Mary Ellis Richardson (background) knew from an early age that tennis would be the sport for her.
© Garrett Ellwood
By J. Fred Sidhu, special to USTA.com
SURPRISE, Ariz. – When Mary Ellis Richardson was a little girl, she vividly remembers the first time she hit a tennis ball. At that moment, the sport of tennis became her passion.
Richardson, a member of the USTA Southern section women’s 9.0 team playing at this weekend’s 2013 USTA League Adult 55 & Over 9.0 National Championships at the Surprise Tennis & Racquet Complex, recalled hitting tennis balls at the back of the court into the fence while her mother played doubles.
“I knew from the first time when I hit a ball, that I just loved the sport and wanted to play,” said Richardson, now 58. “I just loved the feeling of actually having a racquet hitting a ball and controlling the ball. I was hooked.”
Richardson continued to play tennis and develop her skills. She attended West High School in Knoxville, Tenn., and went on to become state champion in girls’ tennis in 1971 and 1972. It was during her high school years that she represented the city of Knoxville one summer in a team tennis tournament. Richardson played a doubles match against a team from Fort Lauderdale, Fla.
One of the players she faced that day would go on to become one of the greatest players of all time. “I did have the pleasure of playing against Chris Evert,” said Richardson.
She remembers a moment within that match vividly. Richardson was playing the net when her partner hit a short lob to Evert: “By the time I realized it was short, I could not get back in time to get out of the way,” she said. “[Evert] was going to hit that overhead smash right at me.”
All Richardson could do was close her eyes and hold up her racquet to protect herself. Evert’s smash hit the shaft of Richardson’s racquet and the ball bounced back high over the net. Evert attempted to hit an overhead, but netted the ball.
“I felt the ball hit my racquet. There were a lot of people watching the match,” said Richardson. “My eyes were still closed and I heard the crowd go, ‘Ooh.’ I hit the luckiest shot I ever hit in my career during that match! It was a very memorable experience.”
After high school, Richardson attended Furman University, where she played women’s tennis from 1973 to 1977. She posted a 68-6 singles record, earning Most Valuable Player honors all four years in college. In 1985, Richardson was inducted into the Furman University Athletic Hall of Fame. Last year, she was also inducted into the Greater Knoxville Sports Hall of Fame.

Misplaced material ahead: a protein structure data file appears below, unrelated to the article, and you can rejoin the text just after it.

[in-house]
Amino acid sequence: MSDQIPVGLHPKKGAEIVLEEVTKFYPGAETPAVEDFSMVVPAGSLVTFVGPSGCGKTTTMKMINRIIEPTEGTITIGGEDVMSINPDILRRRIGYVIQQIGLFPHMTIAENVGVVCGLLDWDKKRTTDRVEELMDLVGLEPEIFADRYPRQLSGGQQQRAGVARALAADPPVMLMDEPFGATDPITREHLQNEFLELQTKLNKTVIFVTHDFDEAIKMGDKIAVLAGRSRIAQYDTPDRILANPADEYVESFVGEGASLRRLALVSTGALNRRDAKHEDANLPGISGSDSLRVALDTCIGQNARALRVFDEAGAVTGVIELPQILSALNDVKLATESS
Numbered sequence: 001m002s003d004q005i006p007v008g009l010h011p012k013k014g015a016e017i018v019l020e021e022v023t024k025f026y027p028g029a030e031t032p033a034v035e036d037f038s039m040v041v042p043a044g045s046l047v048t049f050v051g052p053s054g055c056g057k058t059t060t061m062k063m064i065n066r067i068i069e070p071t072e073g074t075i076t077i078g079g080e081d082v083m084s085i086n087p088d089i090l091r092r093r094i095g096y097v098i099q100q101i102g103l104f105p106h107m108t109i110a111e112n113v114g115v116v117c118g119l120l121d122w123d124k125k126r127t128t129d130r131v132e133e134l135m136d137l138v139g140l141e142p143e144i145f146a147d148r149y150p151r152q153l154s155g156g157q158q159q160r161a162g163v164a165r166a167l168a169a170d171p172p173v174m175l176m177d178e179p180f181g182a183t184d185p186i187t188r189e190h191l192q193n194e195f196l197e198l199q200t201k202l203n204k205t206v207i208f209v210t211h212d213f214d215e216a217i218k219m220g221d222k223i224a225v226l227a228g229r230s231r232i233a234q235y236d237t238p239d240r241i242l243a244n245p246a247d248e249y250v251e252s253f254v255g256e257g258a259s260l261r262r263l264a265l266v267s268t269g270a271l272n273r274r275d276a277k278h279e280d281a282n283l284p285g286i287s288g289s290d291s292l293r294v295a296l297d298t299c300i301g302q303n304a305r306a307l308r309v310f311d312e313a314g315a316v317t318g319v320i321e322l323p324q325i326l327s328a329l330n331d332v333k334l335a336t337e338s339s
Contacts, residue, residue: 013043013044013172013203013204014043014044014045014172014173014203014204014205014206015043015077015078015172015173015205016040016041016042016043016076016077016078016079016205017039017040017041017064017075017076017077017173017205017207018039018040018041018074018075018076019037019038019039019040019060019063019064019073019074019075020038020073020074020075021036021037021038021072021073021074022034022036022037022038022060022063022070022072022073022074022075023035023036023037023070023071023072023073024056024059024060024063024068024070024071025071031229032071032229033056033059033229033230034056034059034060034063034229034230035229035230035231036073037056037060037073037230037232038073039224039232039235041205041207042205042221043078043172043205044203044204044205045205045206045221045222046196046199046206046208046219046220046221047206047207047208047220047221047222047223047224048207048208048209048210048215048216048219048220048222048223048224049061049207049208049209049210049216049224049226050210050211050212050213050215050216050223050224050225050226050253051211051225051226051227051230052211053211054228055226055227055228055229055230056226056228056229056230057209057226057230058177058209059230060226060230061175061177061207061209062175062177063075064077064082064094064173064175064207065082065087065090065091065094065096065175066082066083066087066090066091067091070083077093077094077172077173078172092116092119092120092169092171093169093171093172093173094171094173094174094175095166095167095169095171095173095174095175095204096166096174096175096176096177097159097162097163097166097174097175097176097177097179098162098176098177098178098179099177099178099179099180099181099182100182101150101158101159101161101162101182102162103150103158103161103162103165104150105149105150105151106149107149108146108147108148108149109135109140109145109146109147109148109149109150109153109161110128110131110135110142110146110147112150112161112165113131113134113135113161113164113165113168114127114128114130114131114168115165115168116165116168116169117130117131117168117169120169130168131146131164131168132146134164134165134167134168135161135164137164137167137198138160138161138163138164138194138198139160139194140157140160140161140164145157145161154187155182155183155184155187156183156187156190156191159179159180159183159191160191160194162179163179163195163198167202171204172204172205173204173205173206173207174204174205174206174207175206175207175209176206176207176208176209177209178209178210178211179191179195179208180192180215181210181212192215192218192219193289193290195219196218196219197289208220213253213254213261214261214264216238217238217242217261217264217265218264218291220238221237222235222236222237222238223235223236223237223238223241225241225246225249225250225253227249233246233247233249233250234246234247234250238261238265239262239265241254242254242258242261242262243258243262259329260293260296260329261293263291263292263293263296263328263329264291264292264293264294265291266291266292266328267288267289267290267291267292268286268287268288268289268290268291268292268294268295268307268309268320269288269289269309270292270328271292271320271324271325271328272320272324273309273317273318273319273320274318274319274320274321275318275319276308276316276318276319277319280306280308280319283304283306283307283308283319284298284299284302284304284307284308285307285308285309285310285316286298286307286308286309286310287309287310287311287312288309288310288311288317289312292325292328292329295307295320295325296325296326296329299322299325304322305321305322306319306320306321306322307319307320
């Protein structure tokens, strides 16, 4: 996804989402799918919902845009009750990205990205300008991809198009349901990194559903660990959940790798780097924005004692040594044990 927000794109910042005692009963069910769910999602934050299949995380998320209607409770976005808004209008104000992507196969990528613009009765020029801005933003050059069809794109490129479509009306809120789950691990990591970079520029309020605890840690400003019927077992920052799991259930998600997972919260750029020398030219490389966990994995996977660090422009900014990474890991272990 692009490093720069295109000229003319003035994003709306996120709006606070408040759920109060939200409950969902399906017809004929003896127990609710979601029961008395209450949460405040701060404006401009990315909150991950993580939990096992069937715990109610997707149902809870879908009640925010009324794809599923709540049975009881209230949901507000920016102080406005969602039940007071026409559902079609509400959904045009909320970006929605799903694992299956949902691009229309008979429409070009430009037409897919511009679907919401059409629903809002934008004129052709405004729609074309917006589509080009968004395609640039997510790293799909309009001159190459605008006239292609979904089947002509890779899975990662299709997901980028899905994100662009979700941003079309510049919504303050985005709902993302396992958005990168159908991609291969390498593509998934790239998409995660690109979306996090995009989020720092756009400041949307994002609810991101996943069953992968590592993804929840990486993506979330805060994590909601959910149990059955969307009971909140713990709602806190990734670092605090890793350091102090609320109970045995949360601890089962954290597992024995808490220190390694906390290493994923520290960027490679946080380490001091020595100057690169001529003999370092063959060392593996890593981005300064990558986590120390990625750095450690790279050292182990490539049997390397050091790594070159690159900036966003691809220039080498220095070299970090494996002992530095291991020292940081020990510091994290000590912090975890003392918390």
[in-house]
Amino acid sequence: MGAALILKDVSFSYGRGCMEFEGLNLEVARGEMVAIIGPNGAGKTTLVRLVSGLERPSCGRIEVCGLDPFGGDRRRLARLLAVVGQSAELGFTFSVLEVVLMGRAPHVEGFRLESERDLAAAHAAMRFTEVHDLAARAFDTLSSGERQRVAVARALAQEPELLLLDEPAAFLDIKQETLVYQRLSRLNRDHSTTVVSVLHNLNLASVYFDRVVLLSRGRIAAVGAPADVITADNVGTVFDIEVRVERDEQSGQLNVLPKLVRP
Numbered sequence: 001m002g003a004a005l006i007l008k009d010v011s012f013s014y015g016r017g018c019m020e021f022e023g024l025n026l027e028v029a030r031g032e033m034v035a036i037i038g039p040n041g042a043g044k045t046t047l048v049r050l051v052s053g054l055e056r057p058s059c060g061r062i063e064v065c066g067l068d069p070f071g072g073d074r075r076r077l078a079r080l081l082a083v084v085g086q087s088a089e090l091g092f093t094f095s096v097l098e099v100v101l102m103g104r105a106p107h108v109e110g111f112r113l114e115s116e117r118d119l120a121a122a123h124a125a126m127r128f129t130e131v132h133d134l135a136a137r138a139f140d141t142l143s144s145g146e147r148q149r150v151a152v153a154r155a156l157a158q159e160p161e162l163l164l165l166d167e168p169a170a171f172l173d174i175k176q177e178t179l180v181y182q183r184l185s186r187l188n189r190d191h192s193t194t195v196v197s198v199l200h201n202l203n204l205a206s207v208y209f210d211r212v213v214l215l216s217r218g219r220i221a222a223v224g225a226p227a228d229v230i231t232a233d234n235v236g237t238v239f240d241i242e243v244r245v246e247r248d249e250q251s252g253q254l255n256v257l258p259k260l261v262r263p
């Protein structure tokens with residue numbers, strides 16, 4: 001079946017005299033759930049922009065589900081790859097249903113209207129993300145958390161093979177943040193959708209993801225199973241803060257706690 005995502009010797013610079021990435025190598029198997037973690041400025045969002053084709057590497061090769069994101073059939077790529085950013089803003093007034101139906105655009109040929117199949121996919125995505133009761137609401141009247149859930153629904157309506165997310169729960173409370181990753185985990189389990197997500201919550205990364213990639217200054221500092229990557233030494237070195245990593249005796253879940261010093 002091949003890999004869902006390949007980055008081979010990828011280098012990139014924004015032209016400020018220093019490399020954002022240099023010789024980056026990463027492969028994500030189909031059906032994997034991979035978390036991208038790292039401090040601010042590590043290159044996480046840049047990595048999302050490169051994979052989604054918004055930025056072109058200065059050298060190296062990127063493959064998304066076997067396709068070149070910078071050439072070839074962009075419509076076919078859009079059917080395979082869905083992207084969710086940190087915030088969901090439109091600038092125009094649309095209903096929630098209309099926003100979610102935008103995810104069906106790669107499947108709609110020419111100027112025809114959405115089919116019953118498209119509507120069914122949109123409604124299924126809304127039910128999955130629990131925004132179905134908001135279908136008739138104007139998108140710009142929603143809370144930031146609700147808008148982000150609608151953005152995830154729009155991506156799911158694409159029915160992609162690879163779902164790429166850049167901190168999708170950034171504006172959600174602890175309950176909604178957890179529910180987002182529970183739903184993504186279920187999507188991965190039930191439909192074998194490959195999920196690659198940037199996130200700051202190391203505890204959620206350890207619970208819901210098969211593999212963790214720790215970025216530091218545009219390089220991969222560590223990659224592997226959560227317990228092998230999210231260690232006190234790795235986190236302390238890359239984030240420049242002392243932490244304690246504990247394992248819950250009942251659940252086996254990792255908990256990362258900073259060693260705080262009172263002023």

“It’s so humbling to have your university recognize you in such a memorable way,” said Richardson “There are so many other outstanding athletes to receive that honor. Just to follow that path, it’s very humbling.”
Richardson eventually took time to raise a family and, along the way, stopped playing competitive tennis. Yet as her children grew up, as many working parents do, she found the time and the itch to resume playing. Reconnecting with one of her life’s joys, and she is now having as much fun playing USTA League tennis now than at any point in her decades in the sport.
Being part of a team is Richardson’s way to reconnect with friends from her junior tournaments and high school days. As a teenager, Richardson played doubles with Ellyn Cauble. Thirty-five years later, they are reunited as doubles partners – a blessing, given that Cauble has fought past breast cancer in recent years. “She is such an inspiration to me,” said Richardson.
“I love the team format, that’s what really brought me back to the sport,” she added. “The camaraderie within our team, I just don’t know you can get that in any other sport in any other way. It highlights that tennis is the sport of a lifetime.”
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